Earlier today, the Bank of England decided to hold the base rate at 0.5%. But many top economists reckon it won’t be long before an increase is announced, perhaps as soon as this summer.
The base rate rose for the first time since 2007 in November last year, up from 0.25%. And if the rate goes up again, those with mortgages and other debts are likely to see costs go up, while savers should benefit from higher savings rates.
Let’s take a closer look at the impact of a future rate increase…
Fixed rate mortgages
If you’re on a fixed rate mortgage, your monthly payments won’t change no matter what happens to the base rate.
BUT if the base rate does go up, it’s likely that very cheap mortgage deals could soon be a thing of the past. It’s therefore worth preparing yourself for higher costs once your existing deal comes to an end.
If you have a tracker mortgage, where the rate tracks the Bank of England base rate plus a stated percentage, your mortgage payments will increase if there is a rise in the base rate.
So if, for example, your tracker deal tracks the base rate plus another 2%, you’ll currently be paying 2.50%. If the base rate rises to 0.75%, you’ll be paying 2.75%.
Variable rate mortgages
Variable rate mortgages, including standard variable rates (the rate your mortgage reverts to once your existing deal ends), can change at any time, no matter what happens to the Bank of England base rate.
But if the base rate does increase this summer, it’s highly likely your mortgage repayments will go up too.
Standard variable rates (SVRs) are often very uncompetitive so if you are on your lender’s SVR and you want to shield yourself from higher borrowing costs, it’s worth shopping around to see if you can switch to a better mortgage rate.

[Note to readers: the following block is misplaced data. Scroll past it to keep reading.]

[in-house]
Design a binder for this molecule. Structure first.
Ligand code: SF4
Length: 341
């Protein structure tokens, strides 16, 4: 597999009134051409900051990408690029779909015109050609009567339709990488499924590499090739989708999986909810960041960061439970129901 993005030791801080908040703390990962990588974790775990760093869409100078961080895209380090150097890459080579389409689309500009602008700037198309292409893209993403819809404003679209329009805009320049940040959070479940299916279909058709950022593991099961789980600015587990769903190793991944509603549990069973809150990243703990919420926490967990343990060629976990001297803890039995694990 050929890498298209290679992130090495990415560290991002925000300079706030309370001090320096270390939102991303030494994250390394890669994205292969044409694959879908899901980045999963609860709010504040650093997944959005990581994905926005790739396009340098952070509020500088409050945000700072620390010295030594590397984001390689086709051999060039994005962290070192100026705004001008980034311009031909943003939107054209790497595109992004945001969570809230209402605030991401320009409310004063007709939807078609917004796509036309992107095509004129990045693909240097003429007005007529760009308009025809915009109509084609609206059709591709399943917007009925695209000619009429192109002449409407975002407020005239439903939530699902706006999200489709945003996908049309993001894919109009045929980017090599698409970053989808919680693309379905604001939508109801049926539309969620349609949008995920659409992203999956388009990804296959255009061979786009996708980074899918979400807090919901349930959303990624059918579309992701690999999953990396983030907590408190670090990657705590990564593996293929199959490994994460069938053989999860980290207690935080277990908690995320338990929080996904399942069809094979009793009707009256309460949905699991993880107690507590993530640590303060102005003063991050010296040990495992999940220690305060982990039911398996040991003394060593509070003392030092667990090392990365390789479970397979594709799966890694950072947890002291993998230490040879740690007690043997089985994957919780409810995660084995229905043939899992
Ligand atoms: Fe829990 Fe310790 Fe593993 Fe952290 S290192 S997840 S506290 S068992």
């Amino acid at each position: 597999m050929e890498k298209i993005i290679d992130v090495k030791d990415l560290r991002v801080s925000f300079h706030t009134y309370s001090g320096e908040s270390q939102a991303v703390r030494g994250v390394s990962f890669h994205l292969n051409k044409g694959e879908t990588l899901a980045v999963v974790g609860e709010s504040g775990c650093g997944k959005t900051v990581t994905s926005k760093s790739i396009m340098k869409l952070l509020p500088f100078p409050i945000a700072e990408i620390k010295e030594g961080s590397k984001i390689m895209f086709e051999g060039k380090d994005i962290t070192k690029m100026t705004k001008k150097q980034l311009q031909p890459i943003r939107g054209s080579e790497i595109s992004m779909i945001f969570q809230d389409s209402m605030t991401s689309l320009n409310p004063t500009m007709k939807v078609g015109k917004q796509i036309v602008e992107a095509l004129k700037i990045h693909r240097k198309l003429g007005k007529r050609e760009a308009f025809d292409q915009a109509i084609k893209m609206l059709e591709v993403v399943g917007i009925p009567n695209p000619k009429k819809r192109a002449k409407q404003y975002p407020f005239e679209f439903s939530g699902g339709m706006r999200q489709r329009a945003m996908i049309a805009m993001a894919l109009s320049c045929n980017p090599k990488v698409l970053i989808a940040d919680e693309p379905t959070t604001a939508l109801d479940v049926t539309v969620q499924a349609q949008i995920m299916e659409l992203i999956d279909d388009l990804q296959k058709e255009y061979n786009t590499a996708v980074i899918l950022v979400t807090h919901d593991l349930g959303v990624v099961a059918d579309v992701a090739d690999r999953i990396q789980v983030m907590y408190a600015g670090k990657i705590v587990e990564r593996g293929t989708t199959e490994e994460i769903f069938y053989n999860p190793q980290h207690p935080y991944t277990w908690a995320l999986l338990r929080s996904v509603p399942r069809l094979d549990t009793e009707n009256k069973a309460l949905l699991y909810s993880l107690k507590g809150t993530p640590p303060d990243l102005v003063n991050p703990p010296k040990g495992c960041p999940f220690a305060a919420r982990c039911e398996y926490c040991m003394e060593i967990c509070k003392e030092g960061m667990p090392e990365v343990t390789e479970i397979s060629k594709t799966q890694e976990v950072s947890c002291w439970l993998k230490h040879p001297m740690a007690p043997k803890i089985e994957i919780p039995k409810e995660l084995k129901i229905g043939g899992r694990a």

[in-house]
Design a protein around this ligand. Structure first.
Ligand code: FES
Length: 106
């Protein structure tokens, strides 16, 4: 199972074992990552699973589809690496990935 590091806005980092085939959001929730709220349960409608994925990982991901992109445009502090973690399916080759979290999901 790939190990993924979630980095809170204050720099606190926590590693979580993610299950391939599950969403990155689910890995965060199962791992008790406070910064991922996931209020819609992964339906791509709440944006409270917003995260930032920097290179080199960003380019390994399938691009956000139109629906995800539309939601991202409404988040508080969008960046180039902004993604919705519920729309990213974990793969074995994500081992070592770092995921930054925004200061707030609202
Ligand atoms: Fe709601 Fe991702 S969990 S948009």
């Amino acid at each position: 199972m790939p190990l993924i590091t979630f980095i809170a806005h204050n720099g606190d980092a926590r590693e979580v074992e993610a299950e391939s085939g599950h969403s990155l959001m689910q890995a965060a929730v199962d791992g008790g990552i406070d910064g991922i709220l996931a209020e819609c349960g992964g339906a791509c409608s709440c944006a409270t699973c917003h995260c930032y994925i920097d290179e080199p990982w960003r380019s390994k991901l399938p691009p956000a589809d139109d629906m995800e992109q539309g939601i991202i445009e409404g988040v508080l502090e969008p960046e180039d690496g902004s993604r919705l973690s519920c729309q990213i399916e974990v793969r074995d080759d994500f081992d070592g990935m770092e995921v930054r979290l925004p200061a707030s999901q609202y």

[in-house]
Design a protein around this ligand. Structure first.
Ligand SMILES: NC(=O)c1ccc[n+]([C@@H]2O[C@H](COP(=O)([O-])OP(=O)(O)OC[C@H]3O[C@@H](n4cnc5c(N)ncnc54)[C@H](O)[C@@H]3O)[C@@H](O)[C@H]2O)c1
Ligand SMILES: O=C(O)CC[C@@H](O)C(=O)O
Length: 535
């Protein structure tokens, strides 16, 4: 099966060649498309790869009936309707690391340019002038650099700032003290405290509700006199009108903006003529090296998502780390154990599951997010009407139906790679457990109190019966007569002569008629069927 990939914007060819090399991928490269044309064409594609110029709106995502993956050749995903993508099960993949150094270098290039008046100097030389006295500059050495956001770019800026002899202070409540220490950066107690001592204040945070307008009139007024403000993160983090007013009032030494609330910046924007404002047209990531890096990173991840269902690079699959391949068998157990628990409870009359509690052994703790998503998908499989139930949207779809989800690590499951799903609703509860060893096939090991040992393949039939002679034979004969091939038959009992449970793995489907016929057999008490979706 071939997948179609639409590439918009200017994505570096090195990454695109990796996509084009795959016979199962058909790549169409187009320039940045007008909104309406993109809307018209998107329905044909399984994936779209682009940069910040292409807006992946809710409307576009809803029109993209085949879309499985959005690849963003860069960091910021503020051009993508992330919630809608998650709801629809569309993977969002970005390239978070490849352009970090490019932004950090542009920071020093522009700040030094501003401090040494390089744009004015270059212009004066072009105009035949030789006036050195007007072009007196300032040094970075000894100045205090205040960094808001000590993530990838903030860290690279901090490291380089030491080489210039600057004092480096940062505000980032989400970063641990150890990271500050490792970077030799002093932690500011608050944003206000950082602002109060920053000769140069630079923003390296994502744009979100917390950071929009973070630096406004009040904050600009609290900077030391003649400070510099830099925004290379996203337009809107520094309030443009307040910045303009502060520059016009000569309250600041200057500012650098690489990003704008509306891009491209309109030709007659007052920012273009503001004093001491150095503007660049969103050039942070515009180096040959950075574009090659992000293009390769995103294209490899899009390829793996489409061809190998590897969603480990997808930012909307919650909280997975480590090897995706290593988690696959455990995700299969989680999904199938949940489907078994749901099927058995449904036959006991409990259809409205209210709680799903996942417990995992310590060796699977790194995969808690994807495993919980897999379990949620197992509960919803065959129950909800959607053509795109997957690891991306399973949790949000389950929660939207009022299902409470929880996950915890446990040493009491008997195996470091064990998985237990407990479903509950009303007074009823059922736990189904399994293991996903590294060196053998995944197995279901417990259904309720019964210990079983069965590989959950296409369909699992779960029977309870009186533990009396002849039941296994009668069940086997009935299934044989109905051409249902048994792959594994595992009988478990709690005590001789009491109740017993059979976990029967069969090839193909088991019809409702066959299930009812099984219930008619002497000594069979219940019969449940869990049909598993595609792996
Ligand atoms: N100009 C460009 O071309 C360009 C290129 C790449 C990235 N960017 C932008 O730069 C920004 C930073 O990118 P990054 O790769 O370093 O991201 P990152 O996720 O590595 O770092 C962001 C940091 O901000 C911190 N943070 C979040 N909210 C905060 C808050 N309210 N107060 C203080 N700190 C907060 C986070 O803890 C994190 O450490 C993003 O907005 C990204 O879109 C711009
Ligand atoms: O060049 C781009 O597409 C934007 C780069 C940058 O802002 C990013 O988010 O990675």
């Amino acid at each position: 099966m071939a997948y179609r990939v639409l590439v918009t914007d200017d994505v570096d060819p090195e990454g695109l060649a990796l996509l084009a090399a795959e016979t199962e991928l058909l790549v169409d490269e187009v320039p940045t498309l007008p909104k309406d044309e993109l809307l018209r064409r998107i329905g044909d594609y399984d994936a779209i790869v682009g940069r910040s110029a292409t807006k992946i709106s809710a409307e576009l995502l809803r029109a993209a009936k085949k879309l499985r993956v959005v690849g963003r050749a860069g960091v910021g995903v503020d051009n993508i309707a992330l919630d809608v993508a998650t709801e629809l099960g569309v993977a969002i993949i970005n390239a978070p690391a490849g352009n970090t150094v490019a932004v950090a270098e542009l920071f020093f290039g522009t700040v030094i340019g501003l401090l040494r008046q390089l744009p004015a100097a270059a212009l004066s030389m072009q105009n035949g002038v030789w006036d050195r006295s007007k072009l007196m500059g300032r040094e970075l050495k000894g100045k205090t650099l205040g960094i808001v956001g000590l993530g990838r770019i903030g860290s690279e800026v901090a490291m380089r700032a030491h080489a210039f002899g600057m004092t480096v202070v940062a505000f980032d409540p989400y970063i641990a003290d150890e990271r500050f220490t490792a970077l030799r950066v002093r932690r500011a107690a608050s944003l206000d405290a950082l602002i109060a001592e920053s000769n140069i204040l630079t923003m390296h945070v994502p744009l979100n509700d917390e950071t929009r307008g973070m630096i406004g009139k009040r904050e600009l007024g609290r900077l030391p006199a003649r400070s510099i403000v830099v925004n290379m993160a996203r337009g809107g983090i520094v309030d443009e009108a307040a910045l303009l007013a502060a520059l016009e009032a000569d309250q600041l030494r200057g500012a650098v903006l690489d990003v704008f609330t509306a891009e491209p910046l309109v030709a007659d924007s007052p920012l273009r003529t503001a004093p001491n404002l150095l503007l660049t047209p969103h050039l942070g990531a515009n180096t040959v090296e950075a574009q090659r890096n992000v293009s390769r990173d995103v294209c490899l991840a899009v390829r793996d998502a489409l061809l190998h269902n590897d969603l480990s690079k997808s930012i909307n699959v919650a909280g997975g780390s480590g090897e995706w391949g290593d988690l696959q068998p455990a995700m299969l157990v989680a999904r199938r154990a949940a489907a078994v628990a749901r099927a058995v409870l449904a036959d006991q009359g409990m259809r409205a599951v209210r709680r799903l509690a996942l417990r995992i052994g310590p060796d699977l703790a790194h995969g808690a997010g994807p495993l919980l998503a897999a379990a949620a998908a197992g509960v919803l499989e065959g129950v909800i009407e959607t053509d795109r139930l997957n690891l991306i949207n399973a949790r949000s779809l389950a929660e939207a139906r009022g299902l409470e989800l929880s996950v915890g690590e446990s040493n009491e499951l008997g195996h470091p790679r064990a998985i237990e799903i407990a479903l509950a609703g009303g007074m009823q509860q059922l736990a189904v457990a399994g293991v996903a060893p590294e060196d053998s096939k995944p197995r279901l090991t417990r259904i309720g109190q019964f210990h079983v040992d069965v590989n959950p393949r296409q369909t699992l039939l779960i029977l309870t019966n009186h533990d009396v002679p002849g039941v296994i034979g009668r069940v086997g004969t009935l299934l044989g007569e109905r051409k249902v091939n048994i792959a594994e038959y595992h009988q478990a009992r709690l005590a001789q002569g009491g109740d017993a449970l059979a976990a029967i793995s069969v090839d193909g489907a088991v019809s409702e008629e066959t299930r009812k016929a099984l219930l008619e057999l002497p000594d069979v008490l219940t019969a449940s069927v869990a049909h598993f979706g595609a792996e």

A fixed rate could be a good option if want shelter from further rate rises for the term of the deal.
Personal loan rates have remained at record low levels in recent months. In fact, if you’re looking to borrow between £7,500 and £15,000, it’s possible to get rates as low as 2.7% APR representative.
But any increase to the base rate could soon put an end to rates this low.
That said, if you already have a personal loan, you’re likely to be on a fixed rate of interest which means your payments won’t change, even if the base rate does.
If, on the other hand, you’re on a variable rate, your payments are likely to go up following any base rate increase.
Annual percentage rates (APRs) on credit cards have remained at high levels, despite the low base rate.
The good news is, there are still plenty of lengthy low introductory rates available on both balance transfer and purchase credit cards. However, if you’re looking to apply for one, it’s worth doing so sooner rather than later, as many of these deals are already getting shorter.
Always remember to clear your balance before the introductory offer ends and a high rate of interest kicks in.
Record low interest rates have made it virtually impossible for savers to get a decent return on their money, so any increase in the base rate this summer is likely to be welcomed by many.
But while some banks and building societies may push up their savings rates if the base rate rises – as, indeed, some already have following November’s rate increase – they are under no obligation to do so, so you may see no change at all.
Variable rate savings accounts
If you have an easy access account or ISA, which allows you to get hold of your money when you need it, your savings rate will usually be variable. This means that if the base rate rises in the summer, your savings rate may go up too.
But even if interest rates don’t change, there’s nothing stopping you from looking around for a better deal and switching to something more competitive anyway.
Fixed rate savings accounts
If you have a fixed rate savings account or ISA, your interest rate is locked in for a fixed term and will remain the same, despite any increase in the base rate.
If you’re currently thinking about switching to a fixed rate savings account, be wary of fixing for too long as if interest rates do go up, you may find yourself locked into an uncompetitive deal. Often, fixed rate accounts come with penalty charges for taking your money out early.
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